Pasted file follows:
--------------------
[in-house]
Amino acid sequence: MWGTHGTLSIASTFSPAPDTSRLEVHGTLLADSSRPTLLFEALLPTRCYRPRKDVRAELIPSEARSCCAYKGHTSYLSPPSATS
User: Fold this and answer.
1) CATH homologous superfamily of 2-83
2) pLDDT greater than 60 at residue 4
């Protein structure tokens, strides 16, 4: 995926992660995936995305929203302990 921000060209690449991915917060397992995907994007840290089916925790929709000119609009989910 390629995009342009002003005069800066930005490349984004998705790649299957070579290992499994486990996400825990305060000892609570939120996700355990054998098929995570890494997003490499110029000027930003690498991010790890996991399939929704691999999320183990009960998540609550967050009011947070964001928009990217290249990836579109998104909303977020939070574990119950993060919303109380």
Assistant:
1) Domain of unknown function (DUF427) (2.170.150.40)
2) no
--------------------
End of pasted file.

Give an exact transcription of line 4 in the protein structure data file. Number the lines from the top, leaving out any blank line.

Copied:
1) CATH homologous superfamily of 2-83